digital illustration depicting gum diseaseIf you’ve been told you need a deep dental cleaning (also known as scaling and root planing), you may be wondering about the details of this procedure. What is it? How is it different from a regular hygiene visit? Do I really even need it? Today, our team at Metropolitan Dental Care in Denver explains what to expect before, during, and after your deep dental cleaning so you can be well-informed and prepared for your appointment.

If you would like to schedule a visit at our practice, give us a call at 303-534-2626. We can help determine if a deep dental cleaning is necessary for you.

Before Your Deep Dental Cleaning

First, we have to determine if you’re a candidate for a deep dental cleaning. This is determined during a comprehensive periodontal evaluation.

In addition to checking your teeth for cavities, your dentist also assesses the bone levels around every tooth. To do this, a small instrument, called a periodontal probe, is inserted into the space between the tooth and gum. The probe will slide down into that space, and it will stop when it reaches the bone. A healthy tooth typically measures one to three millimeters. Four millimeters signifies gingivitis, the earliest stage of gum disease, while anything above a four denotes moderate to advanced disease.

Generally, a pocket that is five millimeters or deeper is impossible to reach with brushing and flossing alone. This is when we recommend a deep dental cleaning.

During Your Deep Dental Cleaning

A deep dental cleaning is considered a nonsurgical procedure. However, to reach the affected areas, patients are given local anesthesia to make them comfortable. If necessary other forms of sedation can be discussed.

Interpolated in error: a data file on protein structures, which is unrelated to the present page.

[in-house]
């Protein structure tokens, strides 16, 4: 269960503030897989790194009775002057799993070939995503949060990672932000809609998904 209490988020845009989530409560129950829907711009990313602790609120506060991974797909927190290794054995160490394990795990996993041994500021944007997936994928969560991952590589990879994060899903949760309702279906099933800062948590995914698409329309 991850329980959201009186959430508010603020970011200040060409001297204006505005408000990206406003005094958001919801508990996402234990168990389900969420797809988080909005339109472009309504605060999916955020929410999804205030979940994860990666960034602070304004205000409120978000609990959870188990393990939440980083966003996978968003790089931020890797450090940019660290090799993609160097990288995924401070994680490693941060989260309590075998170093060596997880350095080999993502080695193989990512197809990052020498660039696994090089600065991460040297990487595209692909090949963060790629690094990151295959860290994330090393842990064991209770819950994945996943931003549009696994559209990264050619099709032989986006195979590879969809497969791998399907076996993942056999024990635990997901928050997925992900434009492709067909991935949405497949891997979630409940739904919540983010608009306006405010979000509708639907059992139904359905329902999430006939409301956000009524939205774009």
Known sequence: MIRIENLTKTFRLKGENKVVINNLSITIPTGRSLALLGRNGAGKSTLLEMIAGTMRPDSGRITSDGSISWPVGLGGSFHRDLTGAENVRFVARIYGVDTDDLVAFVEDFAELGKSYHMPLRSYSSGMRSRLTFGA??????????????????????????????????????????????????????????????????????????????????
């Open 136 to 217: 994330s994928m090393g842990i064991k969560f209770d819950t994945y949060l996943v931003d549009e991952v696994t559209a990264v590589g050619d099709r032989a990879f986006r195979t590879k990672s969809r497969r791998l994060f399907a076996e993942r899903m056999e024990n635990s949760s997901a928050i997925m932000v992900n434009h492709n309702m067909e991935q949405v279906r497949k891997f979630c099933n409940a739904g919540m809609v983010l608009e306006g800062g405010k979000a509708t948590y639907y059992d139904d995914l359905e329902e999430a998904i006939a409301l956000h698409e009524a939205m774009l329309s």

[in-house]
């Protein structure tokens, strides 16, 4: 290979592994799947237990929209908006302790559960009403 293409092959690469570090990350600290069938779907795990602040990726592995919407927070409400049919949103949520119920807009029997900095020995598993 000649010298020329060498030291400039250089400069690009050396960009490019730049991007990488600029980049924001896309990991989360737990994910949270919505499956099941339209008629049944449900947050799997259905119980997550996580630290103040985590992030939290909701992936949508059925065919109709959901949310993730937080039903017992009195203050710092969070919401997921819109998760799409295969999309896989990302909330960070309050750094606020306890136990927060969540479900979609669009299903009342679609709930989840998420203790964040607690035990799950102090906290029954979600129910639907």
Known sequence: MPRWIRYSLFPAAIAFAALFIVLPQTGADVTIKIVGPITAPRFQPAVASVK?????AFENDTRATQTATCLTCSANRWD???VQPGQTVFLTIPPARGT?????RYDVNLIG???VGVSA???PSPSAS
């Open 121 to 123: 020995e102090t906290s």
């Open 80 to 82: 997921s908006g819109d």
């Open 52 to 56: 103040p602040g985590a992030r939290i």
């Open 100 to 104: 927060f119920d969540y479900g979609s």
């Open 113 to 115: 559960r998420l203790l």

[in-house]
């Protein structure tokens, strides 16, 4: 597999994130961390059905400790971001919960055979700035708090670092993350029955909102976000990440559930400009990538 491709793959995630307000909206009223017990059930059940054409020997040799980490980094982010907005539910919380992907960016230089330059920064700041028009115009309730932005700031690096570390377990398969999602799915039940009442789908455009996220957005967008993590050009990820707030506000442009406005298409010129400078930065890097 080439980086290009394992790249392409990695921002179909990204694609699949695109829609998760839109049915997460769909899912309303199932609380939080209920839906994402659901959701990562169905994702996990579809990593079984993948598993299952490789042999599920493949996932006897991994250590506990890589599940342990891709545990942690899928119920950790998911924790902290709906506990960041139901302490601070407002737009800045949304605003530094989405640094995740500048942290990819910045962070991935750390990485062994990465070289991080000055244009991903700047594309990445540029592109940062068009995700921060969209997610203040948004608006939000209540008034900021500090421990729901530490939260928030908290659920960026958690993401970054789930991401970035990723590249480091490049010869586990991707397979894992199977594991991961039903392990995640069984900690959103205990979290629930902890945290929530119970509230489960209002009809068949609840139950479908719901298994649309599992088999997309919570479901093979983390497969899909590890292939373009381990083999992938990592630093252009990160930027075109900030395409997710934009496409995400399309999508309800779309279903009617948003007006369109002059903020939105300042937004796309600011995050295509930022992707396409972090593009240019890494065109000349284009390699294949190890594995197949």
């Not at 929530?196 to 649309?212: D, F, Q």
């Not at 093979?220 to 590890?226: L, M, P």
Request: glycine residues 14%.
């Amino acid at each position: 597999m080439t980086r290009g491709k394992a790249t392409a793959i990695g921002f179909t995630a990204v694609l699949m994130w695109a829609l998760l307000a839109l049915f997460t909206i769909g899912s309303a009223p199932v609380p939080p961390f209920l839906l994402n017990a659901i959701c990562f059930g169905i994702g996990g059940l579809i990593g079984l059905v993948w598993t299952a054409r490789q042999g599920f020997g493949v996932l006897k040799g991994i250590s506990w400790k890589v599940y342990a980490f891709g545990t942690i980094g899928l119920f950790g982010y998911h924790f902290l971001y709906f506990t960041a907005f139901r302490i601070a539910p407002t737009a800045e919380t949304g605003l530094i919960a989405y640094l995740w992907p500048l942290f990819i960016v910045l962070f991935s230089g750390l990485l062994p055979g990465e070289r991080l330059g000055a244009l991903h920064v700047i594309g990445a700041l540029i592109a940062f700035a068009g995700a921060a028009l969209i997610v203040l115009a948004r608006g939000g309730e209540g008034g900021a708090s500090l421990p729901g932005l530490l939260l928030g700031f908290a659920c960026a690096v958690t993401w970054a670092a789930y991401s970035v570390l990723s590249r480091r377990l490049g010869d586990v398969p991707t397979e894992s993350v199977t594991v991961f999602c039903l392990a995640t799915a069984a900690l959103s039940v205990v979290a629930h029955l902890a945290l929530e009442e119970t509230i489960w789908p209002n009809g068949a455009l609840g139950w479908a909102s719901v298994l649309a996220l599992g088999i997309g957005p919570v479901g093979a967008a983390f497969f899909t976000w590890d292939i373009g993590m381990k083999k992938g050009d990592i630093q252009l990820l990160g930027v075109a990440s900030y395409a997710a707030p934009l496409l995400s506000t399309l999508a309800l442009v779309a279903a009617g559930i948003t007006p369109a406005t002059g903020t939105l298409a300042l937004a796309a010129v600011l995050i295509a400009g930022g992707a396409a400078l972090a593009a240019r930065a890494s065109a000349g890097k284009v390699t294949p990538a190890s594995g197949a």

Once you are comfortable, your hygienist thoroughly cleans the teeth, removing plaque and tartar deposits from the root surfaces. This is different from a regular cleaning because the surfaces under the gums are cleaned as well. Next, the hygienist smooths the root surfaces to eliminate places where bacteria can hide, thus reducing the risk of recontamination.

During the procedure, the hygienist typically uses an ultrasonic scaler to clean the teeth. He or she will likely use hand scalers as well, to remove deposits left behind in hard-to-reach areas. Finally, the teeth surfaces are polished with pumice or a gritty toothpaste. This removes harmful biofilm and surface stains.

After Your Deep Dental Cleaning

Many patients are concerned that they will experience pain or discomfort following their deep dental cleaning. However, due to the minimally invasive techniques used, most individuals report little to no tenderness. Heightened temperature sensitivity is a common side effect. However, it is temporary, and it usually diminishes within a week or two. In the meantime, over-the-counter pain relievers can help manage any discomfort.

Approximately four to six weeks after your deep dental cleaning, you will be scheduled for a reassessment. During this appointment, your dentist will measure the pocket depths around the teeth again. Because scaling and root planing removed irritants and reduces inflammation, you should see significant improvement in the numbers.

Once your gum disease is stabilized, we will place you on a routine cleaning schedule. While many individuals find that six-month cleanings are effective, some patients will need more frequent visits, especially those who are more prone to decay and gum disease.

Contact Your Denver Dental Team Today

To learn more about deep dental cleanings or any of the other services we offer, contact us online anytime. You can also reach our Lone Tree or Denver, CO offices at 303-534-2626.